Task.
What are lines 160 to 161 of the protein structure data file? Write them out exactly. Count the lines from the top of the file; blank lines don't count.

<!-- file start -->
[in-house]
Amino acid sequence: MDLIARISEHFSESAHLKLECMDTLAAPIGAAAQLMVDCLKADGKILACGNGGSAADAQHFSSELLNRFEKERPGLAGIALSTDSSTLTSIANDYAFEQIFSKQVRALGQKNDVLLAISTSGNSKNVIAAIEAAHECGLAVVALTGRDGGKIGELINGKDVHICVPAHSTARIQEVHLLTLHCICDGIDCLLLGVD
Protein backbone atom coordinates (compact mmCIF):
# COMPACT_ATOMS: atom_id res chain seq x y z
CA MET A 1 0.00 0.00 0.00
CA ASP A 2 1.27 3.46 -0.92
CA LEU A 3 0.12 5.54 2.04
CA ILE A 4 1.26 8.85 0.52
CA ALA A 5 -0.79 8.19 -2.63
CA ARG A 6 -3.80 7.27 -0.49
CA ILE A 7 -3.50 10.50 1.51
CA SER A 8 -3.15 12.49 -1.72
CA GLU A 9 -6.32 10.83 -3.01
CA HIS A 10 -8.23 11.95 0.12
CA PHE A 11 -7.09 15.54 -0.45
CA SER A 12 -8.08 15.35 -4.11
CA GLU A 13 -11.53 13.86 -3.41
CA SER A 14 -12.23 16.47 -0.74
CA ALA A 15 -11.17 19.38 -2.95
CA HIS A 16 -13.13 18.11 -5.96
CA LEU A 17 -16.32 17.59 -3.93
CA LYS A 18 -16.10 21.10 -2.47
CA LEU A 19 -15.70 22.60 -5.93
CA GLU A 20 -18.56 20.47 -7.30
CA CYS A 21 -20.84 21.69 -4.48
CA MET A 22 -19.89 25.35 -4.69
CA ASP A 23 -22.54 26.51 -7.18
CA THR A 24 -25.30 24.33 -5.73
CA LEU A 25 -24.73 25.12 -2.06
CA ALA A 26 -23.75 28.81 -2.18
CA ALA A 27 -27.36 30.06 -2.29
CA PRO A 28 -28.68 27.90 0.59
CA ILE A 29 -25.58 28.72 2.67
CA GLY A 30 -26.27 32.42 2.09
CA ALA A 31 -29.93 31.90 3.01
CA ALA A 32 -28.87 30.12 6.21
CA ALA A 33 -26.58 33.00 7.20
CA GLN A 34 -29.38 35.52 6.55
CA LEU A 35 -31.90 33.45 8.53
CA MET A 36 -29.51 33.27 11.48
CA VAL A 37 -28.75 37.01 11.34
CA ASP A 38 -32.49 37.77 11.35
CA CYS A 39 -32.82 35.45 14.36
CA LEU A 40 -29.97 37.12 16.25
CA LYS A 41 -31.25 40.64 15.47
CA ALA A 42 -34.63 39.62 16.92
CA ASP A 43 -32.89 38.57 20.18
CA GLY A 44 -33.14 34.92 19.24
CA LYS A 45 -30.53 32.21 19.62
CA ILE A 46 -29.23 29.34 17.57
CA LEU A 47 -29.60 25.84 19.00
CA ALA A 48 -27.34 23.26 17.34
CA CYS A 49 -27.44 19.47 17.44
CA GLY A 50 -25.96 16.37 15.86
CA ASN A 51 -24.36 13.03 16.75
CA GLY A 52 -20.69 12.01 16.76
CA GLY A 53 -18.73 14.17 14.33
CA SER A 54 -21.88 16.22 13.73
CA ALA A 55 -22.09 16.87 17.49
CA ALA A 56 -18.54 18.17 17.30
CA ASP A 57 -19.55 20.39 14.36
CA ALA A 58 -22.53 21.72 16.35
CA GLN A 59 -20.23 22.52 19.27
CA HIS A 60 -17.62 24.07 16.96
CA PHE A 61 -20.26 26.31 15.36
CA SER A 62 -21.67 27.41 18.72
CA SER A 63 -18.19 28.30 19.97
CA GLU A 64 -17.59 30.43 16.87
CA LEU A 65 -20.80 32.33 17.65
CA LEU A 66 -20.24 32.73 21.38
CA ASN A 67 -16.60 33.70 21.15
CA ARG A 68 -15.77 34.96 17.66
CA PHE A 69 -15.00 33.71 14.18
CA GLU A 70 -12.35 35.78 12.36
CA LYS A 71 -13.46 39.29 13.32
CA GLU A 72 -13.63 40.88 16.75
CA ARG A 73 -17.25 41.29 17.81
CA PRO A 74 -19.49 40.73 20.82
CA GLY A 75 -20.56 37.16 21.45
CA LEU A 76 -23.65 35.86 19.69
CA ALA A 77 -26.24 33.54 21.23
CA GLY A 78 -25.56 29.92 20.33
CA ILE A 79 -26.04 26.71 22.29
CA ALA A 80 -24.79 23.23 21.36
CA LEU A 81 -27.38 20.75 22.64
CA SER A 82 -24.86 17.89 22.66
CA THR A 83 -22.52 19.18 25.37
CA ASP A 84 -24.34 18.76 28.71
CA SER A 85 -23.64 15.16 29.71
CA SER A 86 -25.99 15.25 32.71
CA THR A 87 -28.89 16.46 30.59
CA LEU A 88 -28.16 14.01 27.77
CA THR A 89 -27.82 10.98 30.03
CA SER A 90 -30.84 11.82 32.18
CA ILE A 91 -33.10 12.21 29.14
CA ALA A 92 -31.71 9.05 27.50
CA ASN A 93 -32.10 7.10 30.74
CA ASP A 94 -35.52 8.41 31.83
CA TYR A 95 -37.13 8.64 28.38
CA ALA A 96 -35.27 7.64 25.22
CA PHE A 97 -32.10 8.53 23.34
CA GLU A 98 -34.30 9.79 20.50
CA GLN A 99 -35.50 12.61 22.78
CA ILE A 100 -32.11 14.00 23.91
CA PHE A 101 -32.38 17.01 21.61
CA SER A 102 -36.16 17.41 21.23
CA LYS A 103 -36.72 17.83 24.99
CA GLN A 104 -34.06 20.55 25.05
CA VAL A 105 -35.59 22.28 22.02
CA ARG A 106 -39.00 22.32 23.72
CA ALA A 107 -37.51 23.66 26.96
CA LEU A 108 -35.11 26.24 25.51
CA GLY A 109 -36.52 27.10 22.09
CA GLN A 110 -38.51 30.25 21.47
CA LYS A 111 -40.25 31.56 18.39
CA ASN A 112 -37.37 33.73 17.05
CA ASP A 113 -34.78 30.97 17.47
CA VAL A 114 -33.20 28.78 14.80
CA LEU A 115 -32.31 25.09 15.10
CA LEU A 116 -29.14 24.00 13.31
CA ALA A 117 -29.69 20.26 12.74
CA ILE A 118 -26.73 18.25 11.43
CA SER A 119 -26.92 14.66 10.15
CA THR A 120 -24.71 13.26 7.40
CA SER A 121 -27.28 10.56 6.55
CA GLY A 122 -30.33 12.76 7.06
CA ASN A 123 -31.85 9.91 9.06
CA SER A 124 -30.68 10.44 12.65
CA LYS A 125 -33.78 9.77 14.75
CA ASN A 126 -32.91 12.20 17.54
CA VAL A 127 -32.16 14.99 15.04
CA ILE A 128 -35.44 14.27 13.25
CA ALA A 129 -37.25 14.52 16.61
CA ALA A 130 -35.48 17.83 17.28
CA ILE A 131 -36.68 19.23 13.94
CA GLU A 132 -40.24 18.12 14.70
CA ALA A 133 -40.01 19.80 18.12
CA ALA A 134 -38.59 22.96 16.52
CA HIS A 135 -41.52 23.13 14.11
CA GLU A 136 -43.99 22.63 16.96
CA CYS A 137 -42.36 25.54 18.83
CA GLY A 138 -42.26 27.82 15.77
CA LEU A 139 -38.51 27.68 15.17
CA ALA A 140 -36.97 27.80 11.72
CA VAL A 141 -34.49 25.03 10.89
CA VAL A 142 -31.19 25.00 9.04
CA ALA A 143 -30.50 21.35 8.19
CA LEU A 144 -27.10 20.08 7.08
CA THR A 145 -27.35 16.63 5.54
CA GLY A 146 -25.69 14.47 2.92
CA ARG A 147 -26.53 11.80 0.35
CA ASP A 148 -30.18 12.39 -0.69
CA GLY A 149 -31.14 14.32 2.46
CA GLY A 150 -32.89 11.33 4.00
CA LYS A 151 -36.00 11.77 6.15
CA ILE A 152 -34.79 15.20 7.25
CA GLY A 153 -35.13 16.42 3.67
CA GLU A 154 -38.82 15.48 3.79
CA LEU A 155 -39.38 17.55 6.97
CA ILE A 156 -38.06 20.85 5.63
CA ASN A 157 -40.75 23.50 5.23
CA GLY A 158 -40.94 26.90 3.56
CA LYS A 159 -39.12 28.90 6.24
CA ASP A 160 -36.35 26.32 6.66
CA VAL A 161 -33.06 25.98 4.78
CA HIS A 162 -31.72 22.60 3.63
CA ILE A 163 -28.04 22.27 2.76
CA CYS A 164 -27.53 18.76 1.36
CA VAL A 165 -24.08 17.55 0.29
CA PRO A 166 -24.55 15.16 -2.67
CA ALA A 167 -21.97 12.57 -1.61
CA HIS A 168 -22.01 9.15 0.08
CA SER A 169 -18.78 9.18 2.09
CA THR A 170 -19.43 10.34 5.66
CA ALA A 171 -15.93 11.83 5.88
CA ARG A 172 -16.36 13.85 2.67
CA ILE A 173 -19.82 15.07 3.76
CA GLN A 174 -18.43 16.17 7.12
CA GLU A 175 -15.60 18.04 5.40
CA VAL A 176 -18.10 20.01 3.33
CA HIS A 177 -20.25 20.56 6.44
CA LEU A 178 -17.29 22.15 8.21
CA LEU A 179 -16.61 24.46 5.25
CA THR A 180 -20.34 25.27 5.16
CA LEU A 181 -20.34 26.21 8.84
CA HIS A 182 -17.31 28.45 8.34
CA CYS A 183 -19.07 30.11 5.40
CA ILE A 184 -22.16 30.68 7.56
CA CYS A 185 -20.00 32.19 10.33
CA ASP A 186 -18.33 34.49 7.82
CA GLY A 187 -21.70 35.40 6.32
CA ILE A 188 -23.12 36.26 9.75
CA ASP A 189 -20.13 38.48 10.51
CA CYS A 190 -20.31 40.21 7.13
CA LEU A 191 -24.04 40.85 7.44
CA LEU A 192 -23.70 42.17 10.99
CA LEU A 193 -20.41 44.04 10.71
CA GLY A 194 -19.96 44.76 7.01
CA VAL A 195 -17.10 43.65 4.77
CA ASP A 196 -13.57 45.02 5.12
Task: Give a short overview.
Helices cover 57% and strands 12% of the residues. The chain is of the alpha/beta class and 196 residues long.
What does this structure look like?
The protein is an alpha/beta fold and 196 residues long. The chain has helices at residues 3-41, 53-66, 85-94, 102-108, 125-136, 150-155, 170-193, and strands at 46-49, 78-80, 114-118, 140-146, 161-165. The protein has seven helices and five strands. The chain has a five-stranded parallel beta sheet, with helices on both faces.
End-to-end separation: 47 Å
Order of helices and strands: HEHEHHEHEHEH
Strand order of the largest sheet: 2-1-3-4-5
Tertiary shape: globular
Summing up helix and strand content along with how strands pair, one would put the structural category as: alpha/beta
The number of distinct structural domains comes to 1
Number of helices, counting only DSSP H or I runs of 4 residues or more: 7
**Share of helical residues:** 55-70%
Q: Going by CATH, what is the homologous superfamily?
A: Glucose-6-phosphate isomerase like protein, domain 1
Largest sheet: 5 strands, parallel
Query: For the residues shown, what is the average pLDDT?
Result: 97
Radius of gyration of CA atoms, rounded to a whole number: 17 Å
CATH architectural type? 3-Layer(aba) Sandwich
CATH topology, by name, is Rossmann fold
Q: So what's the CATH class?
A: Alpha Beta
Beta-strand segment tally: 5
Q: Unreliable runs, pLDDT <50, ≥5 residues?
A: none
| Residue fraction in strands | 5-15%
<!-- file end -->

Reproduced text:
CA ILE A 156 -38.06 20.85 5.63
CA ASN A 157 -40.75 23.50 5.23